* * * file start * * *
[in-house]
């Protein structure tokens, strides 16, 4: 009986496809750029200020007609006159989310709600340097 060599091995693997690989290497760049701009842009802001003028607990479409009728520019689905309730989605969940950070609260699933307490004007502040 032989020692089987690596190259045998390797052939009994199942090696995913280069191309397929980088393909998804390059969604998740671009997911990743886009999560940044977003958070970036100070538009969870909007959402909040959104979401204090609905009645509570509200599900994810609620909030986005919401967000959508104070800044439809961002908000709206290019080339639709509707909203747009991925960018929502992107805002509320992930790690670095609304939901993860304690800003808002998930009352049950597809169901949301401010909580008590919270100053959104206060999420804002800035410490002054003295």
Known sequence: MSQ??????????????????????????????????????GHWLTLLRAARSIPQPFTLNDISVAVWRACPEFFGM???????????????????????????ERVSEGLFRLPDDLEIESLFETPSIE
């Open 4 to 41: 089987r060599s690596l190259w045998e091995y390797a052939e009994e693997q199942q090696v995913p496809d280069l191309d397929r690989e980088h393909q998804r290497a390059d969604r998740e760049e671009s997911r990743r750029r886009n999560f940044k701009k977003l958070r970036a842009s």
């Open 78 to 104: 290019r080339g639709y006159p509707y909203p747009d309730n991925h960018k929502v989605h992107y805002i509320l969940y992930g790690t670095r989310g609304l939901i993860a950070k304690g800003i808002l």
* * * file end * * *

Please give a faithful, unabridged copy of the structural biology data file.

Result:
[in-house]
């Protein structure tokens, strides 16, 4: 009986496809750029200020007609006159989310709600340097 060599091995693997690989290497760049701009842009802001003028607990479409009728520019689905309730989605969940950070609260699933307490004007502040 032989020692089987690596190259045998390797052939009994199942090696995913280069191309397929980088393909998804390059969604998740671009997911990743886009999560940044977003958070970036100070538009969870909007959402909040959104979401204090609905009645509570509200599900994810609620909030986005919401967000959508104070800044439809961002908000709206290019080339639709509707909203747009991925960018929502992107805002509320992930790690670095609304939901993860304690800003808002998930009352049950597809169901949301401010909580008590919270100053959104206060999420804002800035410490002054003295």
Known sequence: MSQ??????????????????????????????????????GHWLTLLRAARSIPQPFTLNDISVAVWRACPEFFGM???????????????????????????ERVSEGLFRLPDDLEIESLFETPSIE
């Open 4 to 41: 089987r060599s690596l190259w045998e091995y390797a052939e009994e693997q199942q090696v995913p496809d280069l191309d397929r690989e980088h393909q998804r290497a390059d969604r998740e760049e671009s997911r990743r750029r886009n999560f940044k701009k977003l958070r970036a842009s």
């Open 78 to 104: 290019r080339g639709y006159p509707y909203p747009d309730n991925h960018k929502v989605h992107y805002i509320l969940y992930g790690t670095r989310g609304l939901i993860a950070k304690g800003i808002l």